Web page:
Wednesday, March 20, 2013

To The Dogs

In a recent post, I wrote about my experiences in Baghdad. After that deployment, I requested to attend the Military Working Dog Handler course at Lackland Air Force Base in San Antonio, Texas. At the graduation ceremony, I was honored with the Top Dog award for obedience. I was then assigned to Fort Richardson, Alaska. When I arrived, I was paired up with Lux, a 2 year old German Shepherd. Lux and I were the only certified drug detection team on the base, so we stayed pretty busy. I worked with Lux until I was discharged from the Army, and I was sad that I had to leave him.

When I became a civilian again, I drove from Alaska to my hometown - Chardon, Ohio. At this point of my life, I was confused, sad, frustrated, and unsure of my future. To remedy my situation, I decided to get a puppy! I called Geauga Humane Society's Rescue Village until they told me that they had 10 puppies I could choose from. I drove to the animal shelter, and by the time I arrived, all but 2 of the puppies had found a home. The lady at the shelter told me that the puppies were found by a couple walking through a local park. The rescue shelter raised the puppies until they were old enough to have the necessary immunizations, at which point someone could adopt them. The shelter was able to feed the puppies only what food was donated. Rescue Village fed them baby bottle formula, and the puppies did not receive the nutrients and minerals that are essential for development. This caused the puppies to develop cataracts. So, I had 2 blind puppies to choose from. I put them both on a couch, one on each side of me. One of the pups wandered away from me, and the other walked towards me, bumped into me, and started licking my hand. I wanted to take them both, but I decided to take the one that was more curious about me. I named him Jude, and he's been my best friend ever since!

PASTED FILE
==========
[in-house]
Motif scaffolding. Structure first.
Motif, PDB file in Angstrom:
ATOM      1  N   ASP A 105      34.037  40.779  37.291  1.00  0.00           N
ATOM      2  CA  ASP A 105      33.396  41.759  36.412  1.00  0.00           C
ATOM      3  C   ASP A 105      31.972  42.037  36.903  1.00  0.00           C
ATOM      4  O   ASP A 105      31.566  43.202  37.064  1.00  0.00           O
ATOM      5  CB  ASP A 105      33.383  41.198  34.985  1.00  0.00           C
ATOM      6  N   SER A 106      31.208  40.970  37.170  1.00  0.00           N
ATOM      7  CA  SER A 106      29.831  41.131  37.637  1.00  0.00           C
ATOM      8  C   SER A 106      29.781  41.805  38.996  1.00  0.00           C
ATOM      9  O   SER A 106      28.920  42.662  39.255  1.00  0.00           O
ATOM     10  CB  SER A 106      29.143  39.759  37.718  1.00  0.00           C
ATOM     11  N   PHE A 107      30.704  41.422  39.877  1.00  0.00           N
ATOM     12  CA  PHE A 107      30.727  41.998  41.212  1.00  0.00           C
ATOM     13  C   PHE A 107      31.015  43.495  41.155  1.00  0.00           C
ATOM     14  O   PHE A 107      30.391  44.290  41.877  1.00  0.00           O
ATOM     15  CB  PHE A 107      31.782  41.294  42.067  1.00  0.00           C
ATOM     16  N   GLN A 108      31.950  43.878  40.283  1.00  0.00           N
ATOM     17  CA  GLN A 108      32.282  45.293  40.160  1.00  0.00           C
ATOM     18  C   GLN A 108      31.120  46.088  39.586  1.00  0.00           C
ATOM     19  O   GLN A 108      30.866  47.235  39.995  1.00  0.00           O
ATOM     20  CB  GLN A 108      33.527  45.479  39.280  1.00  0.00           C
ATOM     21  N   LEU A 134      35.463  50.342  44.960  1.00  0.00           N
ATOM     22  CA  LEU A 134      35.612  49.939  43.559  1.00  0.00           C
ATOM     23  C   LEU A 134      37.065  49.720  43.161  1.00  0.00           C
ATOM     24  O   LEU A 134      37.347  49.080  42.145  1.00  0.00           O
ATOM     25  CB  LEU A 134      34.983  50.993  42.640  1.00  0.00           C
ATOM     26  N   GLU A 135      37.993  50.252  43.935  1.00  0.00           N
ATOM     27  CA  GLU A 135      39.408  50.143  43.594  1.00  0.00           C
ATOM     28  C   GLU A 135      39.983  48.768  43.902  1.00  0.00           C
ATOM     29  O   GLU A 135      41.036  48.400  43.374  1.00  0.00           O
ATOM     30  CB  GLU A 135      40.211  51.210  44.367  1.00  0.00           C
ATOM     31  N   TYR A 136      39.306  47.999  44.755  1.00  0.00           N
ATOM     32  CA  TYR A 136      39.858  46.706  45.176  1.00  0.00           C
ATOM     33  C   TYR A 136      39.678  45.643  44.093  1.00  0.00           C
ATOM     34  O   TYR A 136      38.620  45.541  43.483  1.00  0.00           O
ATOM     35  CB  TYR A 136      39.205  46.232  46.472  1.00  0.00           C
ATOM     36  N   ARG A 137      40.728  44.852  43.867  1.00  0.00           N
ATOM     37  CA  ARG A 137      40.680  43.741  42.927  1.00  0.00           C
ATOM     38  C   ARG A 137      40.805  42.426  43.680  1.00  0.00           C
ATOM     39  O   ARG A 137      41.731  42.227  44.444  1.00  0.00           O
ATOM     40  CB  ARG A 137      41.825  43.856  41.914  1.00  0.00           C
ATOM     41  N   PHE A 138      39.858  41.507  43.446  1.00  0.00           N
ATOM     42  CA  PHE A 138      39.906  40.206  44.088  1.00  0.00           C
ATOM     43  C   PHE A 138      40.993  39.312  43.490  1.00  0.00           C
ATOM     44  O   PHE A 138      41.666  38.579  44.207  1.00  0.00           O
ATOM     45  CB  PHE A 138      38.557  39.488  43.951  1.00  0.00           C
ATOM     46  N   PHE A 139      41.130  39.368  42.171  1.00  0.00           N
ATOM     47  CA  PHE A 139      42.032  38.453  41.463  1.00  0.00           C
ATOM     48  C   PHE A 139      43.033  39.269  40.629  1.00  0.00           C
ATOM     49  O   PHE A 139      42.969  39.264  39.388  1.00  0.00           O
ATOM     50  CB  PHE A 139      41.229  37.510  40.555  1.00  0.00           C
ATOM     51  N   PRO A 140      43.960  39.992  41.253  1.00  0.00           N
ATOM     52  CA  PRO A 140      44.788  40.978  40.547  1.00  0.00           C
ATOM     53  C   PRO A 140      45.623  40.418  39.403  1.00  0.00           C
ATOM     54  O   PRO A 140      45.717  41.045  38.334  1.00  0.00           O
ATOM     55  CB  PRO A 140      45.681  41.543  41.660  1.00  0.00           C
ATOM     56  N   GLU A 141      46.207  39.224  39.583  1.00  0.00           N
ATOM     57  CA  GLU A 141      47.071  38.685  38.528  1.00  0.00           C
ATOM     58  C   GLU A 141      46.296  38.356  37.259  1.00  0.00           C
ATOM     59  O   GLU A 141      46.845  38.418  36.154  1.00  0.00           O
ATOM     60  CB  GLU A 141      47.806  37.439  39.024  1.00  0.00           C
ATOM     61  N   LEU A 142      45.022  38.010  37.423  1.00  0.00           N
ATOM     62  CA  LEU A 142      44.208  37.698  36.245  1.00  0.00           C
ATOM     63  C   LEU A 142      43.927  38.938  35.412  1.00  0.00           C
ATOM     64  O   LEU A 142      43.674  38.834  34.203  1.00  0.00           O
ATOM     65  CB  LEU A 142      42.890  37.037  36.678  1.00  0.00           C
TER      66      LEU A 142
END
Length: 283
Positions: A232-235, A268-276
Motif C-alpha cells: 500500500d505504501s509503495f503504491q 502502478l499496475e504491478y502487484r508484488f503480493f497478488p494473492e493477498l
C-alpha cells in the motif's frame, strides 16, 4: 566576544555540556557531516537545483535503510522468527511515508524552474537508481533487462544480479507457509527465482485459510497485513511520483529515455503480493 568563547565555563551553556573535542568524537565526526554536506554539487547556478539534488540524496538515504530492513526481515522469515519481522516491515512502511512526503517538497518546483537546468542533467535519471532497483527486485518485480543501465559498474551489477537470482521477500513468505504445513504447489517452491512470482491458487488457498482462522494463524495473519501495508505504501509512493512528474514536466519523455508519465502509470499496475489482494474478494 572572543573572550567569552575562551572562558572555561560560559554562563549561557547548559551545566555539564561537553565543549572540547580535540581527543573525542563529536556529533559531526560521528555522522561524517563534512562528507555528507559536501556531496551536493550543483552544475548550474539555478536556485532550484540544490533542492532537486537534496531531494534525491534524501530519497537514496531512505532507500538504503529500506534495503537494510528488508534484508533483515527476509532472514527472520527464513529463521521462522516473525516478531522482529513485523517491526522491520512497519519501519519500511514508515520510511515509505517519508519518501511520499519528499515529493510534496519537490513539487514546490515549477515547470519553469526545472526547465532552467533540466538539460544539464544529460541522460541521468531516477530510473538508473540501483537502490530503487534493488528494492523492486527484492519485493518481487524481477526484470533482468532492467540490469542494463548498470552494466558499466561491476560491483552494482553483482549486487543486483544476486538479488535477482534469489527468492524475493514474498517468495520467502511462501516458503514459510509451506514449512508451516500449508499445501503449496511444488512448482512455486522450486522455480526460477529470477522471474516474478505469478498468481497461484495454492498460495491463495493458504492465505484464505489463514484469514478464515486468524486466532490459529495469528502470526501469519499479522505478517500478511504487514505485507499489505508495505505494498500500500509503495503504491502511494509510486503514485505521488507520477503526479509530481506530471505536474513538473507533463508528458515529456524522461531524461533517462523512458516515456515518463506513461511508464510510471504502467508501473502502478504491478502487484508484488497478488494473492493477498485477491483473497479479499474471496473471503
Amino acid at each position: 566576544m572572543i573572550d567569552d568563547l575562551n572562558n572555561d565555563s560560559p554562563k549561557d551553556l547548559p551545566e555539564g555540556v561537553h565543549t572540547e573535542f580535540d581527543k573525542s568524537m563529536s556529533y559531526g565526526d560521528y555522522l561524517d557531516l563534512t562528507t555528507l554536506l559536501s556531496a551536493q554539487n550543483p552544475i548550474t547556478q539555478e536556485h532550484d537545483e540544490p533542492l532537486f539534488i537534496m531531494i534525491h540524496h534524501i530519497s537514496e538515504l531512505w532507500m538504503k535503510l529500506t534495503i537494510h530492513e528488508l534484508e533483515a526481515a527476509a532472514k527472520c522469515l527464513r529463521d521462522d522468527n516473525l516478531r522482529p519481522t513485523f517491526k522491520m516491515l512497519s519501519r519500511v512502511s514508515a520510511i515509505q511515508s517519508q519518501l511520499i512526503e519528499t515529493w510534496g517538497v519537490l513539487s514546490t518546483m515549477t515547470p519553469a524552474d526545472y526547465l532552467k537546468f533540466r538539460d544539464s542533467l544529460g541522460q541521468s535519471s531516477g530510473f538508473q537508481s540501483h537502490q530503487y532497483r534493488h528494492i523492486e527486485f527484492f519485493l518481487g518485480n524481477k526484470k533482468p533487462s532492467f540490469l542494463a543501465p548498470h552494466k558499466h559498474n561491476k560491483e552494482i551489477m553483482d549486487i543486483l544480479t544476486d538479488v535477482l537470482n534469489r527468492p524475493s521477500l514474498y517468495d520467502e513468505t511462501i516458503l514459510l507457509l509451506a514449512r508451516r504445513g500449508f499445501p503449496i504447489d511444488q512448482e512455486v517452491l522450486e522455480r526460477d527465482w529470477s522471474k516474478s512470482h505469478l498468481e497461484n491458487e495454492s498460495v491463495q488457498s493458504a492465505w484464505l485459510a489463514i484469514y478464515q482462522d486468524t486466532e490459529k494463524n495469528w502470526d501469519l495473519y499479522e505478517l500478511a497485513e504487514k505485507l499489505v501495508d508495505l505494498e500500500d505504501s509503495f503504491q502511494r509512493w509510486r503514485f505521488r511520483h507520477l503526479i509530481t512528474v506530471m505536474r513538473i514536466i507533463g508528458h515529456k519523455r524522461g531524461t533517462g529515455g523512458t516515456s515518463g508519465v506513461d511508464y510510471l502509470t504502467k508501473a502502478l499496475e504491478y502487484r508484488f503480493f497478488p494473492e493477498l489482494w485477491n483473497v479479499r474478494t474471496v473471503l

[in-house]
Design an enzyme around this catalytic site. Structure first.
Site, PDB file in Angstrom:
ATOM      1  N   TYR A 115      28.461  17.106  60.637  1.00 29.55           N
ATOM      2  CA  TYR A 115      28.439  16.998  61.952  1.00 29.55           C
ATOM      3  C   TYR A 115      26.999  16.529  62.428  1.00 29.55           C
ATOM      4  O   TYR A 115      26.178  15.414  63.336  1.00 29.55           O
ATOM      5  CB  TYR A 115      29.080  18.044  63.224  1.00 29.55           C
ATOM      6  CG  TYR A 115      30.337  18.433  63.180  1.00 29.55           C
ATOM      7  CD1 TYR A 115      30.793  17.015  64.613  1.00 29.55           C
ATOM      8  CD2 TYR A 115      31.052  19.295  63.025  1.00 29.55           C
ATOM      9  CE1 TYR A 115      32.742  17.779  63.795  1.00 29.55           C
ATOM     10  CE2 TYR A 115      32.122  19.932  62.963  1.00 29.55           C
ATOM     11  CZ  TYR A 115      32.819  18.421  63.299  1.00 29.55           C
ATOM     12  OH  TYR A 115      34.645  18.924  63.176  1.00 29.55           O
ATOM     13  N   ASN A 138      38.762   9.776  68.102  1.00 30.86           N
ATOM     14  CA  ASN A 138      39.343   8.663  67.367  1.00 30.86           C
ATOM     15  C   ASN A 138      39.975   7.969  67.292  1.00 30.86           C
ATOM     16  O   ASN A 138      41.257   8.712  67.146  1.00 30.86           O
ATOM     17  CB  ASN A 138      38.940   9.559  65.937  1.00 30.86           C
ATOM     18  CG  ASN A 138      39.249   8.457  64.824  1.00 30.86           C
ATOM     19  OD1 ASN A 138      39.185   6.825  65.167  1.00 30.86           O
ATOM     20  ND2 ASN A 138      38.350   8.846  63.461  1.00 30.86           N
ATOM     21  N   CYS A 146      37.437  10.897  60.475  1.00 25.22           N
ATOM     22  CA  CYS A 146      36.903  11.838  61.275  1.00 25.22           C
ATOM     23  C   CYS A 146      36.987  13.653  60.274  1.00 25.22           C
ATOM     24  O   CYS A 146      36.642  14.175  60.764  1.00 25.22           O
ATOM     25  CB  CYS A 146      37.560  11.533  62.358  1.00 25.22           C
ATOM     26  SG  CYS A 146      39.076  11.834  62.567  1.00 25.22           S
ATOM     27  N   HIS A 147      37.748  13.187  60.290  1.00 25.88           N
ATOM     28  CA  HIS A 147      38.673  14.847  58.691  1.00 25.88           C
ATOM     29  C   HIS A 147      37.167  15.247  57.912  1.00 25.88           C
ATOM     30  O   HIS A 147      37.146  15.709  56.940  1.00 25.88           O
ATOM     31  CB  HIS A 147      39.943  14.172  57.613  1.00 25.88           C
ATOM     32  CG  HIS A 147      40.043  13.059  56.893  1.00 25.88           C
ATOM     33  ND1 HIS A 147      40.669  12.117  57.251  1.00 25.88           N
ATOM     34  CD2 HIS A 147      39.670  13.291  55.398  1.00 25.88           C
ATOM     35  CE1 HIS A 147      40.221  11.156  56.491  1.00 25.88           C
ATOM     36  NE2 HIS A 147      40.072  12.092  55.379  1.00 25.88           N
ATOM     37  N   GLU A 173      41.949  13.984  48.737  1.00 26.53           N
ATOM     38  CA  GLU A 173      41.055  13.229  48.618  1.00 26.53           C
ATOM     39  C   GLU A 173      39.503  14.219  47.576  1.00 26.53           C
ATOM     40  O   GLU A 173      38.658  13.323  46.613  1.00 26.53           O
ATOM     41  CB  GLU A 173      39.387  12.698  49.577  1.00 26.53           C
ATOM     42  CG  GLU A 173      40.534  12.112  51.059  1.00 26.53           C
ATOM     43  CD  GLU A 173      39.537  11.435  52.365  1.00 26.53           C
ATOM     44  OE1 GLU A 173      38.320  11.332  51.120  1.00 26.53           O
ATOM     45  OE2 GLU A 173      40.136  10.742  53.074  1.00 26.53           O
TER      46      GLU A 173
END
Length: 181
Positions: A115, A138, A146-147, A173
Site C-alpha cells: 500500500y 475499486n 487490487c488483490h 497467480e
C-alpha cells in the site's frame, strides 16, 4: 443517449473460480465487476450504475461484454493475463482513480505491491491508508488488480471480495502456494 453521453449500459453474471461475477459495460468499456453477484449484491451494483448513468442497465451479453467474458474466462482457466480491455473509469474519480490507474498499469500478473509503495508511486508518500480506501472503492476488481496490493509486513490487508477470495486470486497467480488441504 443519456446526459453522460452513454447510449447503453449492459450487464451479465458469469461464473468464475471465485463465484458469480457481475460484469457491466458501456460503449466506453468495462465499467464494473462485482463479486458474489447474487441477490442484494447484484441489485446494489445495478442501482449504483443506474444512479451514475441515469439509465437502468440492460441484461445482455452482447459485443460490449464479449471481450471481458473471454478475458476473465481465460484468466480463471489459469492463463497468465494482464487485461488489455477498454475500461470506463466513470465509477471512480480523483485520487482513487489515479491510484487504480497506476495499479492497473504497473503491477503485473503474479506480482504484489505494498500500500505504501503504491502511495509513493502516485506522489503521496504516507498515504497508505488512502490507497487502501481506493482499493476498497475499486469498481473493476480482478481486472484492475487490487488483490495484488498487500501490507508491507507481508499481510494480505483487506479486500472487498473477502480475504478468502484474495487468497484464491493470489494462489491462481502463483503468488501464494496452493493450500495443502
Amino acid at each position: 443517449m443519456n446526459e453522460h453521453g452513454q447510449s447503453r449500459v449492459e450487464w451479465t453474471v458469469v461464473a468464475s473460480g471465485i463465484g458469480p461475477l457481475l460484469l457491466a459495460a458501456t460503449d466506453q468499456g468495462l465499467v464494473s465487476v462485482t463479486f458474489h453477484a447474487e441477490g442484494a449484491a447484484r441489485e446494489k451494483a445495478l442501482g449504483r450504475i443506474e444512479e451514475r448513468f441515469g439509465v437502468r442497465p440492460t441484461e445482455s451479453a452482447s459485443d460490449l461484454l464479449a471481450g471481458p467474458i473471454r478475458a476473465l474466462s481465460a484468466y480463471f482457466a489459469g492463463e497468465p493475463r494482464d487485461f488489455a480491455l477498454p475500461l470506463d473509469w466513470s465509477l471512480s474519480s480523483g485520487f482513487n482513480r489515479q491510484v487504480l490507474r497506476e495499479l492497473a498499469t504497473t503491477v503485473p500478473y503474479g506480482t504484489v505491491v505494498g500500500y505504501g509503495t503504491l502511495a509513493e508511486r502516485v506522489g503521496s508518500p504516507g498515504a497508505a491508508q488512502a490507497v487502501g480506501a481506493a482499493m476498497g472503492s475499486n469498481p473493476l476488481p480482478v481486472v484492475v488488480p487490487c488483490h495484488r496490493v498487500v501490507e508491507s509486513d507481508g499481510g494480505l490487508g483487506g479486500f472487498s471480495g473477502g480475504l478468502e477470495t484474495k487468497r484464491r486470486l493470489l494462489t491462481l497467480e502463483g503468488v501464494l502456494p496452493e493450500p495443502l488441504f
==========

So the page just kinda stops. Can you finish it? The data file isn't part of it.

When I first brought Jude home he was pretty much blind - he ran into a barn, countless trees, picnic tables, chairs, people, and anything else that was in his way. The veterinarian recommended that I feed him Purina ONE® SMARTBLEND® Lamb & Rice Formula, to help with his vision. As Jude grew older, his vision got better. He still bumps into things, but not nearly as much as he did when he was a puppy. He is very much like the superhero Daredevil. Although his vision is impaired, Jude's remaining four senses function with high levels of sensitivity and accuracy; few know that he cannot see

Jude and I moved to Alabama so that I could start my education at Jacksonville State University. During the summer of my sophomore year, I visited my friends in Albertville, Alabama. Joe and Sherry's dogs (Sasha - a German Shepherd & Bama - a Chocolate Lab) had a litter of puppies, and they told me that I could take one home if I wanted to. I did! While I was driving home, I glanced down at this beautiful, 1-week-old puppy and decided that her name would be April.